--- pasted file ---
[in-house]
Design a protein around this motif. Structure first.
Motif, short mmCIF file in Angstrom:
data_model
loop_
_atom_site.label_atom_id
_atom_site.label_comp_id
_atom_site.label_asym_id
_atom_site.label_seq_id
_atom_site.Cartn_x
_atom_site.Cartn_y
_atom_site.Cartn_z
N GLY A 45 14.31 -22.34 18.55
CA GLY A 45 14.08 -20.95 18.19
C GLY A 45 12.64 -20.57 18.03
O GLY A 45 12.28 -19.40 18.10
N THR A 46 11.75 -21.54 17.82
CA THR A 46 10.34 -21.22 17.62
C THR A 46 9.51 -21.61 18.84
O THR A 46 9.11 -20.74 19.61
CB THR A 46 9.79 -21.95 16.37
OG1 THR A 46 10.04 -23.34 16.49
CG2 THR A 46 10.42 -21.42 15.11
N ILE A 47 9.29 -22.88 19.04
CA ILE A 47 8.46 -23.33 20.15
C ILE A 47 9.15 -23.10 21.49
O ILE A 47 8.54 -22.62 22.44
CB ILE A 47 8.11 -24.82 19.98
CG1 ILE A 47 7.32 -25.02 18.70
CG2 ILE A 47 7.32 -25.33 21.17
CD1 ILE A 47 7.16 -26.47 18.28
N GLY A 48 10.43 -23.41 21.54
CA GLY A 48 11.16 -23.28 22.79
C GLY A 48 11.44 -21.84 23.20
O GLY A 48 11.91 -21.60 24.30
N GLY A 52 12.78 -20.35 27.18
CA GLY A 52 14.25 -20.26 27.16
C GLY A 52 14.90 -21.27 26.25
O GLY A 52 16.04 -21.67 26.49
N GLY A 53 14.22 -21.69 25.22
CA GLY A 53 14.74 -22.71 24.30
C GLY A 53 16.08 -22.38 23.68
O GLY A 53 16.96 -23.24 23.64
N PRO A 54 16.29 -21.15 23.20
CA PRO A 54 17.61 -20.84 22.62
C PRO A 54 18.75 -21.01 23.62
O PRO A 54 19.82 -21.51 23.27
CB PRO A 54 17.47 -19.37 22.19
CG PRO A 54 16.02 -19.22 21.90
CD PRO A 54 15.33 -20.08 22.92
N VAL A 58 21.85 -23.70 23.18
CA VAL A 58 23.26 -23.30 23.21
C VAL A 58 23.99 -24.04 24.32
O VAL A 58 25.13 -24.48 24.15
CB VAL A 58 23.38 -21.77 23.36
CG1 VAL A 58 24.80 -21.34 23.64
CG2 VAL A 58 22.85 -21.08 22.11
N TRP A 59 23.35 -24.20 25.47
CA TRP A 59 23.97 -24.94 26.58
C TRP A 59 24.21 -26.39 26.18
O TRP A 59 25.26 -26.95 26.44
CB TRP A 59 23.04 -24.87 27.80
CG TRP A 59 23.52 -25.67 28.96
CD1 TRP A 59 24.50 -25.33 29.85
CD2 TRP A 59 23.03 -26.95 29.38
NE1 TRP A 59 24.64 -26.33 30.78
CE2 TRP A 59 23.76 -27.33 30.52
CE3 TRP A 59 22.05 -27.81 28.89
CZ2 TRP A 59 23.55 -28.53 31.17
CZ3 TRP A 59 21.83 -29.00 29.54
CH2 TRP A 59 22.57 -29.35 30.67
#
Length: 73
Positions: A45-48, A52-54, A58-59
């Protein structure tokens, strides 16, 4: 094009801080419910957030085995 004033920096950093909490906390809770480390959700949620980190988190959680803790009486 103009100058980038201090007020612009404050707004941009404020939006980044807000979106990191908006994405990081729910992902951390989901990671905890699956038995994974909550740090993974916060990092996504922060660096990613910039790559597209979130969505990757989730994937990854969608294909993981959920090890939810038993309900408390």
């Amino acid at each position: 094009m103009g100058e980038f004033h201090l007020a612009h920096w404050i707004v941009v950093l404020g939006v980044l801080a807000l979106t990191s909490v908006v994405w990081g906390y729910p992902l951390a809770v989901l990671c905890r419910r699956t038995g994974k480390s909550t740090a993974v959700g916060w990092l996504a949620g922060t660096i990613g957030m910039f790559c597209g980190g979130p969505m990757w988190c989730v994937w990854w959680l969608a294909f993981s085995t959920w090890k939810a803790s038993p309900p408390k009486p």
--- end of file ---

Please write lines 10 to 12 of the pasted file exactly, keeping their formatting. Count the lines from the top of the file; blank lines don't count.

_atom_site.Cartn_x
_atom_site.Cartn_y
_atom_site.Cartn_z